The ‘slippery slope’ argument we so often hear has not become a reality
The first assisted dying law came into practice over eighteen years ago in the US state of Oregon after a public referendum. Since the law’s inception yearly reports have collated and published information and data which shows how the law works, and critically, highlight that a transparent law is better than the current situation we have in the UK.
The latest report shows that last year 155 people obtained life-ending medication, while 105 had an assisted death. The most recent data we have on the death rate in Oregon is from 2013 when 33,931 people died. This means that 0.3 per cent of deaths per year are assisted.
This is a small – but significant – number of people who exercised control over their imminent death. Many more people would have benefited from openly talking about this choice with their doctor (1 in 50 dying Oregonians initiate these conversations) and simply having the peace of mind of knowing it is an option if they need it will help many people with a terminal diagnosis.
This is not the case in the UK for dying Britons. Currently a person can be prosecuted and imprisoned for up to 14 years for assisting a loved one to die. One person a fortnight is travelling to Dignitas, choosing an assisted death earlier than they would if legal in this country.
Remarkably, British people make up the second largest nationality of patients at Dignitas after Germany, which shares a border with Switzerland. For every person who goes abroad, a further ten terminally ill people are ending their life in the UK, often alone.
Kevin Davis had lost the use of his legs as he was in the last stages of renal cancer and was found at the bottom of the stairs in a pool of blood after he had attempted to end his life. His family do not know how long he lay there, possibly alive. Crucially, we must not forget that there are many more people that are currently suffering against their wishes and will die without the choice that is their right.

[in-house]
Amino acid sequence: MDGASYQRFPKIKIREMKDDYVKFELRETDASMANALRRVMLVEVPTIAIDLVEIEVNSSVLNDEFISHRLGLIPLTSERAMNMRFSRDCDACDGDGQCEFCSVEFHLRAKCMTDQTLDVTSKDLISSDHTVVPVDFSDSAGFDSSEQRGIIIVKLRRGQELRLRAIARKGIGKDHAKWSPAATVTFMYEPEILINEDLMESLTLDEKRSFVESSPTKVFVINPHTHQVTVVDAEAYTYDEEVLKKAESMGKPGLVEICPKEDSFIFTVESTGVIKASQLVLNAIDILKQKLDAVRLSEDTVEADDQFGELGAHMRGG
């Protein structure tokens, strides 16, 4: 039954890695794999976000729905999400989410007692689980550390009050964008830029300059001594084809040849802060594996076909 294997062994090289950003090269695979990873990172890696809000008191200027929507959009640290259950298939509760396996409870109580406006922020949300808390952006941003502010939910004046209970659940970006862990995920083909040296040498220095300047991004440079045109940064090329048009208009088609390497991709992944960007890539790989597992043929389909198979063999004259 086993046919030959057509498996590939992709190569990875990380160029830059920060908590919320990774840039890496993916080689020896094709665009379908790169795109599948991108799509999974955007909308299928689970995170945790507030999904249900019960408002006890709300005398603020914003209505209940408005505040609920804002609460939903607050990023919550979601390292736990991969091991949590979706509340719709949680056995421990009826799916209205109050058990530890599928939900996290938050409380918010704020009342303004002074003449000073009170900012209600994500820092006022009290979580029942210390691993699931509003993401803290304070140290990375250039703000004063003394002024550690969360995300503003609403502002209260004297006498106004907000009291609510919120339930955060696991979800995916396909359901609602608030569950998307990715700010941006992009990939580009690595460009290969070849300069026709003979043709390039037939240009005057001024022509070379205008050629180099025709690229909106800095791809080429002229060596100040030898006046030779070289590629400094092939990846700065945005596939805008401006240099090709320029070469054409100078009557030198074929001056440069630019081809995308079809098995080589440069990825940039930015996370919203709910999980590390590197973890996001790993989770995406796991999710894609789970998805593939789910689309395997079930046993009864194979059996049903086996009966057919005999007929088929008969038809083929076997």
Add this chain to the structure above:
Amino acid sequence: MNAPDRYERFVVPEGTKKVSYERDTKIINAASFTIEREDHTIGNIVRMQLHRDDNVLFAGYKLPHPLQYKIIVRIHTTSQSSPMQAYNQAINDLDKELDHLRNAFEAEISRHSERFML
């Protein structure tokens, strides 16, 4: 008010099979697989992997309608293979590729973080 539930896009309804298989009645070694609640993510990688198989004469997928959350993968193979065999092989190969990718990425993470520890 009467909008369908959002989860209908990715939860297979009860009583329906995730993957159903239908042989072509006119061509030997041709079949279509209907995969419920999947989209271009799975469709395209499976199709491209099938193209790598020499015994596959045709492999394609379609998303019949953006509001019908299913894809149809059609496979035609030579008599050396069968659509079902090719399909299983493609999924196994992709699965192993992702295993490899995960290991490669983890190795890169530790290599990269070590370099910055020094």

If Oregon has shown assisted dying works safely for over 18 years then why hasn’t the UK changed the law already? The British public overwhelmingly support assisted dying and recently Lord Falconer’s Assisted Dying Bill won two key votes at Committee Stage – the first vote in Westminster on an assisted dying law for ten years – which showed a 2:1 majority of support in the House of Lords. Now it is looking as if the only barrier to law change is time.
But a vocal minority of opponents seem determined to stop dying people having the option of assisted dying and are now putting their own spin on the latest Oregon report. The number of assisted deaths rose 44 per cent in the last year from 73 to 105, but solely referring to this does not give an accurate picture, especially as other years have seen a drop. The percentage increase sounds dramatic but the absolute numbers involved are very low, and only 0.3 per cent of deaths in Oregon are assisted.
This hasn’t stopped Lord Carlile of Berriew drawing unfounded conclusions though. Speaking to the Catholic Herald, he said:
“I regard these as alarming figures…It suggests to me that in amongst these figures there are cases of people making the decision for assisted suicide for the wrong reasons – such as economic reasons, including the cost of private health care, draining the family assets, feeling a nuisance to their children, depression.”
There is actually no basis for these ‘suggestions’ in the report, which lists the three most common reasons for an assisted death as ‘loss of autonomy’ (91.4 per cent), decreasing ability to participate in activities that made life enjoyable (86.7 per cent) and loss of dignity (71.4 per cent).
In fact the report demonstrates that the law you enact is the law you get: the criteria for assisted dying has not been extended beyond terminal illness for the eighteen years the law has been in place, so the ‘slippery slope’ argument we so often hear has not become reality. Ultimately it is up to the dying patient to choose if they want an assisted death.
This is not the debate that the public deserve. Oregon has shown that a clear and transparent law can give dying people choice while better protecting vulnerable people.
Mickey Charouneau is press officer at Dignity in Dying. Follow him on Twittter
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